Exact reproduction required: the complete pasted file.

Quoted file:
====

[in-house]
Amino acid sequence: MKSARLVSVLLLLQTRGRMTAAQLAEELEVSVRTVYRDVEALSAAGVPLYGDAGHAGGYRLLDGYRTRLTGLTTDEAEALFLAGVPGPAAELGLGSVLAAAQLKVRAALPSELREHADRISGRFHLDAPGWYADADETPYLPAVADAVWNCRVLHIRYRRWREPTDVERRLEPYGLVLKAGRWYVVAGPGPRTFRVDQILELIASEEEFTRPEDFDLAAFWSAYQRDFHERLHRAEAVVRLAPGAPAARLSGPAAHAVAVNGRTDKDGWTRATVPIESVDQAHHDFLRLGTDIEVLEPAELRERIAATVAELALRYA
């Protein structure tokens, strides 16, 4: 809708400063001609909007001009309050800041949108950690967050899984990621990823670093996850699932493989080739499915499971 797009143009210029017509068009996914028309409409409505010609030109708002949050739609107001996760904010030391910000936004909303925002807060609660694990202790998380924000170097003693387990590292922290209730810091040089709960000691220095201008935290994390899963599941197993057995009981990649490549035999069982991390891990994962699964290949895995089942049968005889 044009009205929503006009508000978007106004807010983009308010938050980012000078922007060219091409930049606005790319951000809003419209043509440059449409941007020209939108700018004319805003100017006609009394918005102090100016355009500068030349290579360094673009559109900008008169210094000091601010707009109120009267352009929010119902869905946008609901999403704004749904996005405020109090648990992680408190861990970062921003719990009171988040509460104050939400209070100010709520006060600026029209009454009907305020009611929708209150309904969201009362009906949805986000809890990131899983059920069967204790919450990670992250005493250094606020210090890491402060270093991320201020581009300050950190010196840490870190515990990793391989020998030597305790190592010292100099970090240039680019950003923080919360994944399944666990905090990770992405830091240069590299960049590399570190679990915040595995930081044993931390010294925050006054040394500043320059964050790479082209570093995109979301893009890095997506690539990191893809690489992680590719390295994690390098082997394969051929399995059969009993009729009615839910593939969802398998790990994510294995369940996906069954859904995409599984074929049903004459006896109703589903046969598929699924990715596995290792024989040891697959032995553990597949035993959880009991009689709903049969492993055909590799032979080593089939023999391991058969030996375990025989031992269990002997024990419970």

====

[in-house]
Amino acid sequence: MKSARLVSVLLLLQTRGRMTAAQLAEELEVSVRTVYRDVEALSAAGVPLYGDAGHAGGYRLLDGYRTRLTGLTTDEAEALFLAGVPGPAAELGLGSVLAAAQLKVRAALPSELREHADRISGRFHLDAPGWYADADETPYLPAVADAVWNCRVLHIRYRRWREPTDVERRLEPYGLVLKAGRWYVVAGPGPRTFRVDQILELIASEEEFTRPEDFDLAAFWSAYQRDFHERLHRAEAVVRLAPGAPAARLSGPAAHAVAVNGRTDKDGWTRATVPIESVDQAHHDFLRLGTDIEVLEPAELRERIAATVAELALRYA
């Protein structure tokens, strides 16, 4: 809708400063001609909007001009309050800041949108950690967050899984990621990823670093996850699932493989080739499915499971 797009143009210029017509068009996914028309409409409505010609030109708002949050739609107001996760904010030391910000936004909303925002807060609660694990202790998380924000170097003693387990590292922290209730810091040089709960000691220095201008935290994390899963599941197993057995009981990649490549035999069982991390891990994962699964290949895995089942049968005889 044009009205929503006009508000978007106004807010983009308010938050980012000078922007060219091409930049606005790319951000809003419209043509440059449409941007020209939108700018004319805003100017006609009394918005102090100016355009500068030349290579360094673009559109900008008169210094000091601010707009109120009267352009929010119902869905946008609901999403704004749904996005405020109090648990992680408190861990970062921003719990009171988040509460104050939400209070100010709520006060600026029209009454009907305020009611929708209150309904969201009362009906949805986000809890990131899983059920069967204790919450990670992250005493250094606020210090890491402060270093991320201020581009300050950190010196840490870190515990990793391989020998030597305790190592010292100099970090240039680019950003923080919360994944399944666990905090990770992405830091240069590299960049590399570190679990915040595995930081044993931390010294925050006054040394500043320059964050790479082209570093995109979301893009890095997506690539990191893809690489992680590719390295994690390098082997394969051929399995059969009993009729009615839910593939969802398998790990994510294995369940996906069954859904995409599984074929049903004459006896109703589903046969598929699924990715596995290792024989040891697959032995553990597949035993959880009991009689709903049969492993055909590799032979080593089939023999391991058969030996375990025989031992269990002997024990419970």